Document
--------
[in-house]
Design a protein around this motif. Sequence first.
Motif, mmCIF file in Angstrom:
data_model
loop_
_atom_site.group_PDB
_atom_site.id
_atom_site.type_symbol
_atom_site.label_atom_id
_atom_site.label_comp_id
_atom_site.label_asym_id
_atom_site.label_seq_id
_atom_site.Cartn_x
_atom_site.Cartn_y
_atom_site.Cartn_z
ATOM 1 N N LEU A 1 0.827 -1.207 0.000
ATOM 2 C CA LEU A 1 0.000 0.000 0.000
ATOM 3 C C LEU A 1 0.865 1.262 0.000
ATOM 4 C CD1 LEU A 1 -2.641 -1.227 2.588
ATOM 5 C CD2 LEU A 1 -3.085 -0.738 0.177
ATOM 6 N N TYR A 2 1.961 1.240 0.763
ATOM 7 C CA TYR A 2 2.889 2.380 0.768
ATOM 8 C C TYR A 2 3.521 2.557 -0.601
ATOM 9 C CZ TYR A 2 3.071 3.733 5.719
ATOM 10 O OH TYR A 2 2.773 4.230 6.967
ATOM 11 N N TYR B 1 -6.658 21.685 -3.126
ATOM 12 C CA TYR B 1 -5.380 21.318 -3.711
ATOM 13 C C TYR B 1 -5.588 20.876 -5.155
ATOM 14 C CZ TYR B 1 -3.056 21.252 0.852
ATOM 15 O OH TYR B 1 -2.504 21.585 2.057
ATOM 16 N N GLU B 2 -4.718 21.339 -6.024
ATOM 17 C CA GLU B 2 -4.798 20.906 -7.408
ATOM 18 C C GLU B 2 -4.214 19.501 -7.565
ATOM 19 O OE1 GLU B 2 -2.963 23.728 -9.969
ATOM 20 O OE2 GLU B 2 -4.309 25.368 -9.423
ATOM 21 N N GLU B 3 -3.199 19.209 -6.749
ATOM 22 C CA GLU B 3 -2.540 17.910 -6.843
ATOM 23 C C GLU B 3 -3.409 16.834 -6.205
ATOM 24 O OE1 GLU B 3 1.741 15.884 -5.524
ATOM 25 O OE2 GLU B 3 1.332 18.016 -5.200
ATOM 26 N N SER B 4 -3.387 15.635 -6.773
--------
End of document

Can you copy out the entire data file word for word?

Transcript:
[in-house]
Design a protein around this motif. Sequence first.
Motif, mmCIF file in Angstrom:
data_model
loop_
_atom_site.group_PDB
_atom_site.id
_atom_site.type_symbol
_atom_site.label_atom_id
_atom_site.label_comp_id
_atom_site.label_asym_id
_atom_site.label_seq_id
_atom_site.Cartn_x
_atom_site.Cartn_y
_atom_site.Cartn_z
ATOM 1 N N LEU A 1 0.827 -1.207 0.000
ATOM 2 C CA LEU A 1 0.000 0.000 0.000
ATOM 3 C C LEU A 1 0.865 1.262 0.000
ATOM 4 C CD1 LEU A 1 -2.641 -1.227 2.588
ATOM 5 C CD2 LEU A 1 -3.085 -0.738 0.177
ATOM 6 N N TYR A 2 1.961 1.240 0.763
ATOM 7 C CA TYR A 2 2.889 2.380 0.768
ATOM 8 C C TYR A 2 3.521 2.557 -0.601
ATOM 9 C CZ TYR A 2 3.071 3.733 5.719
ATOM 10 O OH TYR A 2 2.773 4.230 6.967
ATOM 11 N N TYR B 1 -6.658 21.685 -3.126
ATOM 12 C CA TYR B 1 -5.380 21.318 -3.711
ATOM 13 C C TYR B 1 -5.588 20.876 -5.155
ATOM 14 C CZ TYR B 1 -3.056 21.252 0.852
ATOM 15 O OH TYR B 1 -2.504 21.585 2.057
ATOM 16 N N GLU B 2 -4.718 21.339 -6.024
ATOM 17 C CA GLU B 2 -4.798 20.906 -7.408
ATOM 18 C C GLU B 2 -4.214 19.501 -7.565
ATOM 19 O OE1 GLU B 2 -2.963 23.728 -9.969
ATOM 20 O OE2 GLU B 2 -4.309 25.368 -9.423
ATOM 21 N N GLU B 3 -3.199 19.209 -6.749
ATOM 22 C CA GLU B 3 -2.540 17.910 -6.843
ATOM 23 C C GLU B 3 -3.409 16.834 -6.205
ATOM 24 O OE1 GLU B 3 1.741 15.884 -5.524
ATOM 25 O OE2 GLU B 3 1.332 18.016 -5.200
ATOM 26 N N SER B 4 -3.387 15.635 -6.773